Amy Li-Man, Centre Manager of Wing Hong Chinese Elderly Centre showed us how the local Chinese elderly community celebrated the Mid-Autumn Festival. Especially in this uncertain period of pandemic, the wellbeing and health of elderly are vitally important.

Then was an opportunity to learn more about Chinese Opera by listening to Quan Gu’s performance ‘Flower Duet’ in Huangmei opera-style. The performance was intriguing: he could sing in both male voice and female voices, acting as a man farming and a woman weaving.

Alongside the traditional Chinese music, Linfeng Wang, a singer, composer and music producer also brought us two pop songs: an original song ‘Pieces of Memory’ expressing his affection to parents and ‘Suddenly Missing You So Badly’ from popular Chinese band Mayday, recalling the beautiful memories of first love.

The last act, performed by Else Kek, combined ‘Whisper of Pipa’ and the poem ‘Moonlight of My Hometown Tonight’. With the melodic pipa sound, the harmony expressed the feelings of missing family far away. 

Watch more Music in the Moonlight highlights here:

Thanks to our event partners the Confucius Institute and the University of Glasgow, Wing Hong Chinese Elderly Centre and Harmony Ensemble for their support.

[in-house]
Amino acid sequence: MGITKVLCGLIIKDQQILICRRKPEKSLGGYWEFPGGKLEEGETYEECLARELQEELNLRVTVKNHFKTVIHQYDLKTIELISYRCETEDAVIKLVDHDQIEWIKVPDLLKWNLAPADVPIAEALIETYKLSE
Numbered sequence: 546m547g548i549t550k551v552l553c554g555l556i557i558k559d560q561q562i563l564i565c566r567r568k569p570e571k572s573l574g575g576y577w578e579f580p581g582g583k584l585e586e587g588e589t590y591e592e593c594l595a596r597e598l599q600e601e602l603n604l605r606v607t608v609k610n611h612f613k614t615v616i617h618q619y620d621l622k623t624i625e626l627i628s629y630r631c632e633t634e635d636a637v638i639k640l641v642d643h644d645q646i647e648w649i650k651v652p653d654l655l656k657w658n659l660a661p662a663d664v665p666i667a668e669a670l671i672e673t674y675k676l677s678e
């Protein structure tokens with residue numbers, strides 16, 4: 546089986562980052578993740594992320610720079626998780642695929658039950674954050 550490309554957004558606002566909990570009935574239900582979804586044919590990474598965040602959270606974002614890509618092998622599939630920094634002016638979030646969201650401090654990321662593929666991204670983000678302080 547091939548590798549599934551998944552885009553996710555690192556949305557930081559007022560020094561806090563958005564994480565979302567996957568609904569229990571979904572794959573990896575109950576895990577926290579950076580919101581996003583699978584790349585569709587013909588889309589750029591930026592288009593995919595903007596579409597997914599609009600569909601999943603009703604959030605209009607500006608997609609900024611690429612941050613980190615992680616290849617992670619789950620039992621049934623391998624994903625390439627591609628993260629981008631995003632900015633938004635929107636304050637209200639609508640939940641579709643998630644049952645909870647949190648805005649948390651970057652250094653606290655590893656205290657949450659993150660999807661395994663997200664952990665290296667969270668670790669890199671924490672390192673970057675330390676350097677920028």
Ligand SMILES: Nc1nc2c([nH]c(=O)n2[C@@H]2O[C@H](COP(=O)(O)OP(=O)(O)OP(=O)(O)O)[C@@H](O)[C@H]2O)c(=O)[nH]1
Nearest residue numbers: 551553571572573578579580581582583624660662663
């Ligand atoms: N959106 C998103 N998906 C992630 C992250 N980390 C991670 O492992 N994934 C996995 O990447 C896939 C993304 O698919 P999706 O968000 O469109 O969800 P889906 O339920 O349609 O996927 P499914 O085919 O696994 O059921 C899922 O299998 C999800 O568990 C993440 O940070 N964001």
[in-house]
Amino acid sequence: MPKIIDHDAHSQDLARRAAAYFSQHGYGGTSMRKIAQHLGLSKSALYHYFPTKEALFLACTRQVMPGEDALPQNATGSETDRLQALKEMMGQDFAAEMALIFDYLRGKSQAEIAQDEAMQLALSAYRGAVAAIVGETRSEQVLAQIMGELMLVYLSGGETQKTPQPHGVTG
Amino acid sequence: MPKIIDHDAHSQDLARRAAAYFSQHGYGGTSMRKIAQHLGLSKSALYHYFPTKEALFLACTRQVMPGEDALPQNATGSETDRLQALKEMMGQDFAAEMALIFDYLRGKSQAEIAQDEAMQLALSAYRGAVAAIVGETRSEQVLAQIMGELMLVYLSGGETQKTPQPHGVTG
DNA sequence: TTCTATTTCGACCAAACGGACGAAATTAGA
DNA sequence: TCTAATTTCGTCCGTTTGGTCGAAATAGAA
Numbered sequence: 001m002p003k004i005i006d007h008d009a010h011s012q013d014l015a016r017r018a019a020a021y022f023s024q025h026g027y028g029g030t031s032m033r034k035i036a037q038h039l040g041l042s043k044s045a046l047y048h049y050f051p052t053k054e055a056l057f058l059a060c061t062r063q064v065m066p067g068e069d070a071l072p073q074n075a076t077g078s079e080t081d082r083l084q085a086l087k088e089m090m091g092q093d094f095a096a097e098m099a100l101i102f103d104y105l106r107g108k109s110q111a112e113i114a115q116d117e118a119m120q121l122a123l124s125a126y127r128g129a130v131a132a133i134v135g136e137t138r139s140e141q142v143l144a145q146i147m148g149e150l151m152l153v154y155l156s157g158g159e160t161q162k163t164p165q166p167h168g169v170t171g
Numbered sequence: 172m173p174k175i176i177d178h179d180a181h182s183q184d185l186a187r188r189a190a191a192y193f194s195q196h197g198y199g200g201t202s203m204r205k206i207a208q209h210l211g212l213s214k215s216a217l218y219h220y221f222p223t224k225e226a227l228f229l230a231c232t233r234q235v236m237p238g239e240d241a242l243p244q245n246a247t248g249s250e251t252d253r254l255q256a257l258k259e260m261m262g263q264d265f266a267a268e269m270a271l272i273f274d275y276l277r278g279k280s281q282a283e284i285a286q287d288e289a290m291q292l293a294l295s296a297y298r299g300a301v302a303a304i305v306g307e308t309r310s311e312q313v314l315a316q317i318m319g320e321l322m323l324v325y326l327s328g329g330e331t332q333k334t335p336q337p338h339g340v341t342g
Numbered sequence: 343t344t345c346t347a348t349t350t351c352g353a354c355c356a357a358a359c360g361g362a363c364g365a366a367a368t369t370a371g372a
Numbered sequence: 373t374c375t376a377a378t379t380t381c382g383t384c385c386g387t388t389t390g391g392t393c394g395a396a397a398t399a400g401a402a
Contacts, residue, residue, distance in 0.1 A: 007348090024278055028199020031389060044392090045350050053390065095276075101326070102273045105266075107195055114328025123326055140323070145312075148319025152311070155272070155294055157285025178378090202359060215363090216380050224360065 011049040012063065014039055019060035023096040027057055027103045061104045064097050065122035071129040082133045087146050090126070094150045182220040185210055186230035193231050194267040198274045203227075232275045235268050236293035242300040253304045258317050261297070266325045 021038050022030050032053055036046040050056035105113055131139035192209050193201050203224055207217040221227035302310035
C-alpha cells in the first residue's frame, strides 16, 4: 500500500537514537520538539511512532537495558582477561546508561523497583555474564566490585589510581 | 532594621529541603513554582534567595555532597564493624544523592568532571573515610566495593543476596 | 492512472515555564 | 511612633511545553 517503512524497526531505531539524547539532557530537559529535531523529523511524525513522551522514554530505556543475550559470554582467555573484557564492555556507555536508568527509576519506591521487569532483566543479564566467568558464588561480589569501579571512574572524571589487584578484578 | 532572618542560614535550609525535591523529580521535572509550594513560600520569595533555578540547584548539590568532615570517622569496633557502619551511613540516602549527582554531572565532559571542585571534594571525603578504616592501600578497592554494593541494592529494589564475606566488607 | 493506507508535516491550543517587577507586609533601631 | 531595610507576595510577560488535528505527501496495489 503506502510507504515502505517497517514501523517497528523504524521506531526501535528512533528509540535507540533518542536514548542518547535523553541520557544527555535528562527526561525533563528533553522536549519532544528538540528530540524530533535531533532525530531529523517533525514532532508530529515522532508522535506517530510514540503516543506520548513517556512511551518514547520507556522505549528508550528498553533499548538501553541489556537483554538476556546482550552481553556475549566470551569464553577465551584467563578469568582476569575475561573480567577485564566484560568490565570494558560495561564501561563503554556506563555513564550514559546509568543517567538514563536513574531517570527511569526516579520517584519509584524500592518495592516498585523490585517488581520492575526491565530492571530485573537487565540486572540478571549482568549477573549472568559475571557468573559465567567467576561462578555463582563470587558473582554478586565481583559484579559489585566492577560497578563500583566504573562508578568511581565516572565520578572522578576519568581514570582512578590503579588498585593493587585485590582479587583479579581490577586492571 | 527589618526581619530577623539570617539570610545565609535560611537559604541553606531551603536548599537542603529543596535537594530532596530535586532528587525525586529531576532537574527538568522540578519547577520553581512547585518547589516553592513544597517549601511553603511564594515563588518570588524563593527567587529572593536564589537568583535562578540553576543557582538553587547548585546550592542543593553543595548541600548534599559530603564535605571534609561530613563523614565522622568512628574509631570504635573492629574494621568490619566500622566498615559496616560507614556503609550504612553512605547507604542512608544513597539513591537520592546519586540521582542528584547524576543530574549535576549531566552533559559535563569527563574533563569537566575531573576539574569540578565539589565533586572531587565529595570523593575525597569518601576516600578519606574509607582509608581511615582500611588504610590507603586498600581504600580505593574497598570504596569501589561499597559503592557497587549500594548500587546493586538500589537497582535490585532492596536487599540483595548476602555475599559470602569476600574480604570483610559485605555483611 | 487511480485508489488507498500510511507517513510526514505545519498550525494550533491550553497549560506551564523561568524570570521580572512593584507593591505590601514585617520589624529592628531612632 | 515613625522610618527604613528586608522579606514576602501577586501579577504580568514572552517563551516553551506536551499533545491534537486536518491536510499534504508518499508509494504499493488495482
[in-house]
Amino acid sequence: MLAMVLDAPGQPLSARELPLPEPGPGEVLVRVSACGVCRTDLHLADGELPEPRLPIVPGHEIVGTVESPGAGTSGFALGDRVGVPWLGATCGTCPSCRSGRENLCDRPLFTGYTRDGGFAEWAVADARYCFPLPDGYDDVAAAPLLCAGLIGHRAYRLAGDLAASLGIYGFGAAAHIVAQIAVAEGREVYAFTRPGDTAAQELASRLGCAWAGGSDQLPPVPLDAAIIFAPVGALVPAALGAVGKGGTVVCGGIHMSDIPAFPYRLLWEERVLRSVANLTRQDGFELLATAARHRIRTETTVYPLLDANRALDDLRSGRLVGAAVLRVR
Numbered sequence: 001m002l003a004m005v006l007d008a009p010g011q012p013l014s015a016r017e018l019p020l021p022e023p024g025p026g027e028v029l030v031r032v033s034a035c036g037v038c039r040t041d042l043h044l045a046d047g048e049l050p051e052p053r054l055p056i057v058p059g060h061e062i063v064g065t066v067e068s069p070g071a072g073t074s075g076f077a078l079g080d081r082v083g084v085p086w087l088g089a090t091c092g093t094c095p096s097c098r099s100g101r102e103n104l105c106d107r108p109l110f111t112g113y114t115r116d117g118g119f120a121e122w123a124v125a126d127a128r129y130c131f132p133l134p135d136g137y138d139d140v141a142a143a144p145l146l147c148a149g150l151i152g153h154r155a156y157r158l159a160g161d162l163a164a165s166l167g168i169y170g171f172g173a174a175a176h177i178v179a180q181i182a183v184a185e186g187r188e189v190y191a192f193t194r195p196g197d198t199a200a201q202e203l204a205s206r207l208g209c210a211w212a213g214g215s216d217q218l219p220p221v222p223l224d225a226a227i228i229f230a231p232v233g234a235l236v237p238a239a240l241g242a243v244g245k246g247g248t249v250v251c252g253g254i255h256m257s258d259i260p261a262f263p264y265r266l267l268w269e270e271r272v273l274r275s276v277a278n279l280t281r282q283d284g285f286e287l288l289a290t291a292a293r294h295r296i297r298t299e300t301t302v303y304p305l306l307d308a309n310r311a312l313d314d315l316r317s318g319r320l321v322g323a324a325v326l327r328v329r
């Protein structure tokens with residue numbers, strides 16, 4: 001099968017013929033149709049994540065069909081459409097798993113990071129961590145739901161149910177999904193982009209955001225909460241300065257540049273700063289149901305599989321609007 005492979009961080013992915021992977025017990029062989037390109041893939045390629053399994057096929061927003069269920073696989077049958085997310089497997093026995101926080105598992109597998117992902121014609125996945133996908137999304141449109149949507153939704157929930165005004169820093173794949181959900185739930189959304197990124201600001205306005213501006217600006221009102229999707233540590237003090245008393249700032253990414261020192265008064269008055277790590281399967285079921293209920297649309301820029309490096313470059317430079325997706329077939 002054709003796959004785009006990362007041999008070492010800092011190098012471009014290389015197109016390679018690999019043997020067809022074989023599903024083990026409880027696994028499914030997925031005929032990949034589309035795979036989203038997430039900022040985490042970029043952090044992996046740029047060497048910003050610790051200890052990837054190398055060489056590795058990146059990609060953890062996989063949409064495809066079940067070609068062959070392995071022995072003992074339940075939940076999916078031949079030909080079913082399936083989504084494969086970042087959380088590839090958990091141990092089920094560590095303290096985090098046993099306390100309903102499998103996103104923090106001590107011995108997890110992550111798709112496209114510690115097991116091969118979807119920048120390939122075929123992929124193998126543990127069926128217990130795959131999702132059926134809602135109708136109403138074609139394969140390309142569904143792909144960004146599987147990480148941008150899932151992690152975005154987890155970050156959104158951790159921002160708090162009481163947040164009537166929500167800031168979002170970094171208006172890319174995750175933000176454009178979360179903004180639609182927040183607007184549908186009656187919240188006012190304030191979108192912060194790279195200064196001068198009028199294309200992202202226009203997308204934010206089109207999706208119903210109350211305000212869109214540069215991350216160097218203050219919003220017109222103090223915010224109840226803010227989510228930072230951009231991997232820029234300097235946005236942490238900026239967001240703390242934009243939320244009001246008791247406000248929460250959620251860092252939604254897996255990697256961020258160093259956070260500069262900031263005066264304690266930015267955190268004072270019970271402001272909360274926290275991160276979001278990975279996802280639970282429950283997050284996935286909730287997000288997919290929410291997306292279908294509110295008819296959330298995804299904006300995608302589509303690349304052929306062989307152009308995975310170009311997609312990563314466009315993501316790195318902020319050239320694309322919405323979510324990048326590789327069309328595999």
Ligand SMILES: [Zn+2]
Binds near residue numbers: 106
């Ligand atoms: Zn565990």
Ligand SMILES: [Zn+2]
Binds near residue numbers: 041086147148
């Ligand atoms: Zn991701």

Our engagement activities are funded by Glasgow City Council’s Glasgow Communities Fund.

Virtual Wishing Tree

A highlight of Ricefield Arts’ Chinese New Year celebrations each year is displaying our own wishing tree in Kelvin Hall, Glasgow. Visitors to our annual activity day write their wishes and tie them to the tree, before enjoying an afternoon of fun games, sports and crafts.

With many restrictions in place over the Spring Festival period, this year we invited you to make your wishes for the Year of the Ox online. We were touched by the warm and thoughtful messages we received, with many wishes asking for good health for family, friends and the wider community. It’s clear that the Covid-19 crisis has altered our priorities, and given us a new appreciation for smaller joys and quality time with loved ones.